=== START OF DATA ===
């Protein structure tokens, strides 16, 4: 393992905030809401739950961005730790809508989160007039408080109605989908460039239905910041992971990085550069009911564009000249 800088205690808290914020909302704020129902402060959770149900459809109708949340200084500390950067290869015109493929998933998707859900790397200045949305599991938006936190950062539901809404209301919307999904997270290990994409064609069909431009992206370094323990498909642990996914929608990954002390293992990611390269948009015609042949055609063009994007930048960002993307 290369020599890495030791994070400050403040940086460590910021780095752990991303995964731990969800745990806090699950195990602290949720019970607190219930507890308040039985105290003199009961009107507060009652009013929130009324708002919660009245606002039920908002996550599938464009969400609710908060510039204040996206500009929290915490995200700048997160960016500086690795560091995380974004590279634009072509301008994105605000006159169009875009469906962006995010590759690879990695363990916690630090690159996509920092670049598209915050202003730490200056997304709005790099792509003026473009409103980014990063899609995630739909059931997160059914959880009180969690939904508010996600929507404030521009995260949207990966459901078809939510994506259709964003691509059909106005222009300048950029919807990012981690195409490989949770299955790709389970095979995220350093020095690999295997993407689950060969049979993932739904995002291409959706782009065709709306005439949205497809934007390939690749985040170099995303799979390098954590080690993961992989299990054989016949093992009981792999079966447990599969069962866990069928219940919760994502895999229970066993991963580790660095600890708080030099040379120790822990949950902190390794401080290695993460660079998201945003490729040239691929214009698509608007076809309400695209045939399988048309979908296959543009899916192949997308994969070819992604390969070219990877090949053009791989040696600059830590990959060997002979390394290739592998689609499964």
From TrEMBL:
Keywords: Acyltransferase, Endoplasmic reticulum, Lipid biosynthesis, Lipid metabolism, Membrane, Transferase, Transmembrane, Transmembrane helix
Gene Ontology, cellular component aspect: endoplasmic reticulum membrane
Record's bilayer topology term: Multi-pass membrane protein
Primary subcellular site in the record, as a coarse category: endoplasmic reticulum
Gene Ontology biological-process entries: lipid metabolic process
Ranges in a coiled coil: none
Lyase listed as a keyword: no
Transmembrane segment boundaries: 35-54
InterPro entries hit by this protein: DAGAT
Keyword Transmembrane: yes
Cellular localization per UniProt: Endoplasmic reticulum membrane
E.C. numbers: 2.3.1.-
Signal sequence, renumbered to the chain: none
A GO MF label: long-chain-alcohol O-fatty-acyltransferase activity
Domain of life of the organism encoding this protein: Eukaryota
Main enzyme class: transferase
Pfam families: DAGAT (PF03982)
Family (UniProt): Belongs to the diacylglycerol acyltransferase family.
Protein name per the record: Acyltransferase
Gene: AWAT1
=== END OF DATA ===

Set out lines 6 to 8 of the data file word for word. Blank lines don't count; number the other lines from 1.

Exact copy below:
Primary subcellular site in the record, as a coarse category: endoplasmic reticulum
Gene Ontology biological-process entries: lipid metabolic process
Ranges in a coiled coil: none